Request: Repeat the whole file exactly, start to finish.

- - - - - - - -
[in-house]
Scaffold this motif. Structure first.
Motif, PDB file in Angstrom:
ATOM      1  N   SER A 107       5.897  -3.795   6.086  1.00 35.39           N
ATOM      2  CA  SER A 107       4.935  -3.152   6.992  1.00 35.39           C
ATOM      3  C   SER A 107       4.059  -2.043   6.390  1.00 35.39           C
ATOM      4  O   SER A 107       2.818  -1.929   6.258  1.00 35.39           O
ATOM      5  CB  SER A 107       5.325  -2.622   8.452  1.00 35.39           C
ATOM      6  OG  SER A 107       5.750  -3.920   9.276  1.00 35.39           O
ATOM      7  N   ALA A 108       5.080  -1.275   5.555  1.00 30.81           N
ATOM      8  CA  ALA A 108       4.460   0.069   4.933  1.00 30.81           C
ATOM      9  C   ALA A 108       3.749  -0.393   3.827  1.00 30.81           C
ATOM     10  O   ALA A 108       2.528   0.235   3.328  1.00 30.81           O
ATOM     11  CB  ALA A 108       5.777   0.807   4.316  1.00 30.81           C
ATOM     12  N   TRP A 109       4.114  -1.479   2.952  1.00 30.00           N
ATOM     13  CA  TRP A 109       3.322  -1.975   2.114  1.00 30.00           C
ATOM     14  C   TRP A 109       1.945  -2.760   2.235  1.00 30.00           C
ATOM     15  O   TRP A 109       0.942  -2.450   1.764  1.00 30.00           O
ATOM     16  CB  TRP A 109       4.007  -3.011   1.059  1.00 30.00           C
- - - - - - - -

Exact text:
[in-house]
Scaffold this motif. Structure first.
Motif, PDB file in Angstrom:
ATOM      1  N   SER A 107       5.897  -3.795   6.086  1.00 35.39           N
ATOM      2  CA  SER A 107       4.935  -3.152   6.992  1.00 35.39           C
ATOM      3  C   SER A 107       4.059  -2.043   6.390  1.00 35.39           C
ATOM      4  O   SER A 107       2.818  -1.929   6.258  1.00 35.39           O
ATOM      5  CB  SER A 107       5.325  -2.622   8.452  1.00 35.39           C
ATOM      6  OG  SER A 107       5.750  -3.920   9.276  1.00 35.39           O
ATOM      7  N   ALA A 108       5.080  -1.275   5.555  1.00 30.81           N
ATOM      8  CA  ALA A 108       4.460   0.069   4.933  1.00 30.81           C
ATOM      9  C   ALA A 108       3.749  -0.393   3.827  1.00 30.81           C
ATOM     10  O   ALA A 108       2.528   0.235   3.328  1.00 30.81           O
ATOM     11  CB  ALA A 108       5.777   0.807   4.316  1.00 30.81           C
ATOM     12  N   TRP A 109       4.114  -1.479   2.952  1.00 30.00           N
ATOM     13  CA  TRP A 109       3.322  -1.975   2.114  1.00 30.00           C
ATOM     14  C   TRP A 109       1.945  -2.760   2.235  1.00 30.00           C
ATOM     15  O   TRP A 109       0.942  -2.450   1.764  1.00 30.00           O
ATOM     16  CB  TRP A 109       4.007  -3.011   1.059  1.00 30.00           C